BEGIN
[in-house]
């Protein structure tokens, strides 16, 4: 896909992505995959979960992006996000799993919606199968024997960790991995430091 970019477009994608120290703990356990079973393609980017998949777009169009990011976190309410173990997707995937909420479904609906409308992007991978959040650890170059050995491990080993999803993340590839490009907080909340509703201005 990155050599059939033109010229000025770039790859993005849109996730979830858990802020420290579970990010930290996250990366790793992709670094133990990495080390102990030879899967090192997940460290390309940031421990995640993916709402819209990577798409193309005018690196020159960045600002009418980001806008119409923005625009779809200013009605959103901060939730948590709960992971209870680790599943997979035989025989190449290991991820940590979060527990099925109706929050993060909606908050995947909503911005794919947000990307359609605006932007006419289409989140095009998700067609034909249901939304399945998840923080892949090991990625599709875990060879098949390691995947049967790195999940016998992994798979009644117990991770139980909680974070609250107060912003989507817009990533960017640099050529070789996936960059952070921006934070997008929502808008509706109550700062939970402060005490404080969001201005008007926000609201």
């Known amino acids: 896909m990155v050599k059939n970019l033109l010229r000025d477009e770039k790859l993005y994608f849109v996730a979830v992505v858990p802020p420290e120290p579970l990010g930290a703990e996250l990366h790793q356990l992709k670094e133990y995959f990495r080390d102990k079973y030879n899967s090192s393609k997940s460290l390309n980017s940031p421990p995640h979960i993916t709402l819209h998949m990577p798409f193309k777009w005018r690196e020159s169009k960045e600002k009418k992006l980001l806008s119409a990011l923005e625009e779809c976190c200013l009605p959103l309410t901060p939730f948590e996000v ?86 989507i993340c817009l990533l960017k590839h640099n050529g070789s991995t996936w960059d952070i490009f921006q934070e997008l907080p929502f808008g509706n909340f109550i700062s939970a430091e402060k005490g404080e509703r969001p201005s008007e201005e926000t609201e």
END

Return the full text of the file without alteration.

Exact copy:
[in-house]
């Protein structure tokens, strides 16, 4: 896909992505995959979960992006996000799993919606199968024997960790991995430091 970019477009994608120290703990356990079973393609980017998949777009169009990011976190309410173990997707995937909420479904609906409308992007991978959040650890170059050995491990080993999803993340590839490009907080909340509703201005 990155050599059939033109010229000025770039790859993005849109996730979830858990802020420290579970990010930290996250990366790793992709670094133990990495080390102990030879899967090192997940460290390309940031421990995640993916709402819209990577798409193309005018690196020159960045600002009418980001806008119409923005625009779809200013009605959103901060939730948590709960992971209870680790599943997979035989025989190449290991991820940590979060527990099925109706929050993060909606908050995947909503911005794919947000990307359609605006932007006419289409989140095009998700067609034909249901939304399945998840923080892949090991990625599709875990060879098949390691995947049967790195999940016998992994798979009644117990991770139980909680974070609250107060912003989507817009990533960017640099050529070789996936960059952070921006934070997008929502808008509706109550700062939970402060005490404080969001201005008007926000609201």
């Known amino acids: 896909m990155v050599k059939n970019l033109l010229r000025d477009e770039k790859l993005y994608f849109v996730a979830v992505v858990p802020p420290e120290p579970l990010g930290a703990e996250l990366h790793q356990l992709k670094e133990y995959f990495r080390d102990k079973y030879n899967s090192s393609k997940s460290l390309n980017s940031p421990p995640h979960i993916t709402l819209h998949m990577p798409f193309k777009w005018r690196e020159s169009k960045e600002k009418k992006l980001l806008s119409a990011l923005e625009e779809c976190c200013l009605p959103l309410t901060p939730f948590e996000v ?86 989507i993340c817009l990533l960017k590839h640099n050529g070789s991995t996936w960059d952070i490009f921006q934070e997008l907080p929502f808008g509706n909340f109550i700062s939970a430091e402060k005490g404080e509703r969001p201005s008007e201005e926000t609201e």